It is THIS situation that draws me to the relevance of the Granny Cloud again, and again. It is because of its essential approach and modus operandi that The Granny Cloud has a headstart! Since its inception in 2008-2009, the Granny Cloud has been based on the premise that the facilitators / emediators are not in each other’s physical presence. The Grannies have ALWAYS connected with the children using Skype or a similar kind of platform. They and the children become seasoned users of these platforms quite quickly and learn to navigate their potential to achieve the maximum possible under rather challenging situations of limited connectivity; not to mention language barriers and cultural differences.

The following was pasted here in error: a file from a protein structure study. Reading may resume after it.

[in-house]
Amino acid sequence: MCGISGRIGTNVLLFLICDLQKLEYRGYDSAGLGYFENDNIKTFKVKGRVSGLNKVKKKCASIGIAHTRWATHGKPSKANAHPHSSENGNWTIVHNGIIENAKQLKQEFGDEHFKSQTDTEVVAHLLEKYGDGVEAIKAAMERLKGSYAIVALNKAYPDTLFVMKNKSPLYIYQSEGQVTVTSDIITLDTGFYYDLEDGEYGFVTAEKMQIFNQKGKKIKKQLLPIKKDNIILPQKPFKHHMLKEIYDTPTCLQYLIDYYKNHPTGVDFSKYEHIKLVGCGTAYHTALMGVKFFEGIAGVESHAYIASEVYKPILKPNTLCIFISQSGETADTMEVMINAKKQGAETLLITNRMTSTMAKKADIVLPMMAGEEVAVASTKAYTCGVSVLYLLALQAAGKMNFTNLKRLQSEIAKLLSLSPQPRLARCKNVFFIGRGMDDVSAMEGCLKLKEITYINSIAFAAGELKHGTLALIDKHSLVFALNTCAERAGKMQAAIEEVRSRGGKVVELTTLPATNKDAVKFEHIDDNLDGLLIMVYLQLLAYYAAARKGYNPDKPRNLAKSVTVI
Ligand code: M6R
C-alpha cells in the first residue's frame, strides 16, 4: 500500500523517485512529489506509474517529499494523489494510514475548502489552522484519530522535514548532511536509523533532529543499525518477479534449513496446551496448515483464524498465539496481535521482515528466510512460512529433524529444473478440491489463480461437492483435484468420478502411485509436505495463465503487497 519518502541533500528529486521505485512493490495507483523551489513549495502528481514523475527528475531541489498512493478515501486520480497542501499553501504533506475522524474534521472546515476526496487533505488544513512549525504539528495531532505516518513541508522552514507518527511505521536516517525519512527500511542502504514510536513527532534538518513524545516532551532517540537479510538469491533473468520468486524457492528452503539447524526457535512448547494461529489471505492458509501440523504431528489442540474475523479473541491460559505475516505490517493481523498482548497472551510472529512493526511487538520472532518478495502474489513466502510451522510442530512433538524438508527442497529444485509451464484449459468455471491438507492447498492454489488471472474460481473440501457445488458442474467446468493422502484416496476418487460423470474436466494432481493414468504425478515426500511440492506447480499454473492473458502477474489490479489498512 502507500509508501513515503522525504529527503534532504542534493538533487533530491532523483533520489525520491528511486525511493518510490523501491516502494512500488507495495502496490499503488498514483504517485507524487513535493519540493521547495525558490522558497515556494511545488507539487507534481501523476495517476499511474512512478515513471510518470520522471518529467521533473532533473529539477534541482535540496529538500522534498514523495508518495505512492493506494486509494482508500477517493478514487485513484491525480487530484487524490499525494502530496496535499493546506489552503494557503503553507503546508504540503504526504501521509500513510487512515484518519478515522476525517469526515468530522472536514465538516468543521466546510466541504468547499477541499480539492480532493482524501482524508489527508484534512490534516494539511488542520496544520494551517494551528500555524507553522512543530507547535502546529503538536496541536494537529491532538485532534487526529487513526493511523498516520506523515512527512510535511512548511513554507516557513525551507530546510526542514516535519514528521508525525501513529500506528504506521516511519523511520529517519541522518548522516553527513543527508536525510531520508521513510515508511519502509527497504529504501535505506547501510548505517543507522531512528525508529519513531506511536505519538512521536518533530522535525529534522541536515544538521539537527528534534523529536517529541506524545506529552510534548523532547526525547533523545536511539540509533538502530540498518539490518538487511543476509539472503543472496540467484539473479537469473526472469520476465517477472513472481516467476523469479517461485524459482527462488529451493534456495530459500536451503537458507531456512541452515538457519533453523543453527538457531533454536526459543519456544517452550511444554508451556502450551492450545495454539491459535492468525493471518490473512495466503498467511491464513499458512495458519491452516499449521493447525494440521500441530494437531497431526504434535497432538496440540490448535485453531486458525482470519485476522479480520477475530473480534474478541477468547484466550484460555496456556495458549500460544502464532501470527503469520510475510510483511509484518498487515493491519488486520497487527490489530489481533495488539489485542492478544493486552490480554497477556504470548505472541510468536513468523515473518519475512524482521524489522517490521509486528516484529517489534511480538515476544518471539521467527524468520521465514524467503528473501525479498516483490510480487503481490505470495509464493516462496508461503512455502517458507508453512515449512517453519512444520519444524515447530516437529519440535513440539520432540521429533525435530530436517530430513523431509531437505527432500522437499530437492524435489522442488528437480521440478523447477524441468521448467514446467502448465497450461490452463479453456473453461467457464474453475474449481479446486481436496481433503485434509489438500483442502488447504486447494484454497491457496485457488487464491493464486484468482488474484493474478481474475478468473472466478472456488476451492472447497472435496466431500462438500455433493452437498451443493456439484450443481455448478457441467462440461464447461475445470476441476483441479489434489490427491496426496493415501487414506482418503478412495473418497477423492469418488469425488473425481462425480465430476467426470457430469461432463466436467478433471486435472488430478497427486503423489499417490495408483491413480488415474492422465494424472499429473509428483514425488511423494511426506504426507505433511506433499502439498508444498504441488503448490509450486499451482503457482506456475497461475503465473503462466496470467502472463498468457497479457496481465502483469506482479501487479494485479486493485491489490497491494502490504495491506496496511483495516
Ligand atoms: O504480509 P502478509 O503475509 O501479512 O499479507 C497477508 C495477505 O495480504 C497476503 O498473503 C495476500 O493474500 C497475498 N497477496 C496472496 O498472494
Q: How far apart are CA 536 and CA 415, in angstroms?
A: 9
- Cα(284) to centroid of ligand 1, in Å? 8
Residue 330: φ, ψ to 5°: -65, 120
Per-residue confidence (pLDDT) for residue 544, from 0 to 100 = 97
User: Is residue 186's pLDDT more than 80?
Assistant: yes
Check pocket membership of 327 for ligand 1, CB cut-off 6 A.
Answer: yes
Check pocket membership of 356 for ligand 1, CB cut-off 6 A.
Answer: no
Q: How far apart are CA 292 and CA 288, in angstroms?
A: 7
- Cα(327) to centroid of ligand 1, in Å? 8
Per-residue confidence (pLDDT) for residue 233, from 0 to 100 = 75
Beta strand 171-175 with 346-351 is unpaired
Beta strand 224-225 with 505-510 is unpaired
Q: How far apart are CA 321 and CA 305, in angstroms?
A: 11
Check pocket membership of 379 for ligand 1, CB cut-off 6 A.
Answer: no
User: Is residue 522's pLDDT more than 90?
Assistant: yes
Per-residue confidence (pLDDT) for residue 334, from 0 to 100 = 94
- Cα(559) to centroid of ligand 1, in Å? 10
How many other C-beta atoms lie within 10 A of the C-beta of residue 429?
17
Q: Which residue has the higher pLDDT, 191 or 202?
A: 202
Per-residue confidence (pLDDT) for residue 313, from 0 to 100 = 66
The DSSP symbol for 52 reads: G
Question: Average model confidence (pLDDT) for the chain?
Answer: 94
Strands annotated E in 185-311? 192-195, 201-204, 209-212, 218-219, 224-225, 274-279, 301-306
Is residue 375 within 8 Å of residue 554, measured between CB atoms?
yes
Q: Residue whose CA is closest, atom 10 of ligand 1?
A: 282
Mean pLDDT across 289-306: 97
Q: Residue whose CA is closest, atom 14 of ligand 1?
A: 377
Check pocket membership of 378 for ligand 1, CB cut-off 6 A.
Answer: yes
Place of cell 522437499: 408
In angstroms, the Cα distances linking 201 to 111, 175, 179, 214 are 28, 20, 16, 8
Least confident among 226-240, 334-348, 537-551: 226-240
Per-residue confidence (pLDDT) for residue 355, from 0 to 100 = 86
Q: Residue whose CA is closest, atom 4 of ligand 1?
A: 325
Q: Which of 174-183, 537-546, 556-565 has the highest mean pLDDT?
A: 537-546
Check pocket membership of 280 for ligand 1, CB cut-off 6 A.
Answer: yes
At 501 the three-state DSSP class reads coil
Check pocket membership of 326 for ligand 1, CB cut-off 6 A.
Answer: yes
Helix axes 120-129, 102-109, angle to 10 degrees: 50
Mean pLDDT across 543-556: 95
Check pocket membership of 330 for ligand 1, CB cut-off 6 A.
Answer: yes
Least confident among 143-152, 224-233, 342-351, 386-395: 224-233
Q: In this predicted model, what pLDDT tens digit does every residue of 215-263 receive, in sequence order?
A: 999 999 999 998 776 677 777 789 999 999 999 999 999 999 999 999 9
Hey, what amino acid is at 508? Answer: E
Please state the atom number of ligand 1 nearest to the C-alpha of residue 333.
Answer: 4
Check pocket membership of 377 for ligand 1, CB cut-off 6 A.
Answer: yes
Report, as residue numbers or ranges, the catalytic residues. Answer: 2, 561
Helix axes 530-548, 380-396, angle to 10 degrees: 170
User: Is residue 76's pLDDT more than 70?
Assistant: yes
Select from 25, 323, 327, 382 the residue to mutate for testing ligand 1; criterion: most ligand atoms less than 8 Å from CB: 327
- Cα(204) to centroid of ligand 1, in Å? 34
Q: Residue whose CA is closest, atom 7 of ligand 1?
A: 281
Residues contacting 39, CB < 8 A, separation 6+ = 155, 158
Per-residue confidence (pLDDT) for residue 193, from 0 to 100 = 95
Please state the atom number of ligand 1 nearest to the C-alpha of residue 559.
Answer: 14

But what is also particularly relevant to the situation the world [and schools all over] finds itself in is that the Grannies never did aim to conduct lessons. [For more information about the Granny Cloud approach you can visit: http://thegrannycloud.org/category/from-suneetas-desk/ ] The Granny-Child interactions have always been ‘sessions’ – free flowing, fluid, willing and even eager to go where the children’s interests led them; while remaining alert and tweaking the interaction [with the insertion of a strategically worded question or presentation of an audio/visual stimulus] to provoke a search accompanied by thinking, reasoning, and analysis. From the tiniest of questions that stimulated keen observations, to larger questions that kindled even philosophical questions, the Grannies have experienced fulfilling interactions with the children. [You can find many illustrations of these Granny-Children interactions in the Granny Cloud Tales  https://grannycloudtales.wordpress.com/]. They have continued to work in rather disadvantaged locations with minimal resources, withunderprivileged children. And they have kept adapting the interactions to ensure that the group they engaged with remained interested and involved. Age, abilities, familiarity with the internet, language fluency varied with each group, as did the availability of resources that many schools take for granted in the ‘developed’ nations. Yet, the Grannies have worked through all these challenges to ensure that the key aims of the Granny Cloud are met. Broadening horizons, stimulating curiosity and developing search skills, developing their confidence, strengthening their social skills, enabling them to take ownership of their own learning, are just some of these. [For more information you can visit the Granny Cloud website http://thegrannycloud.org/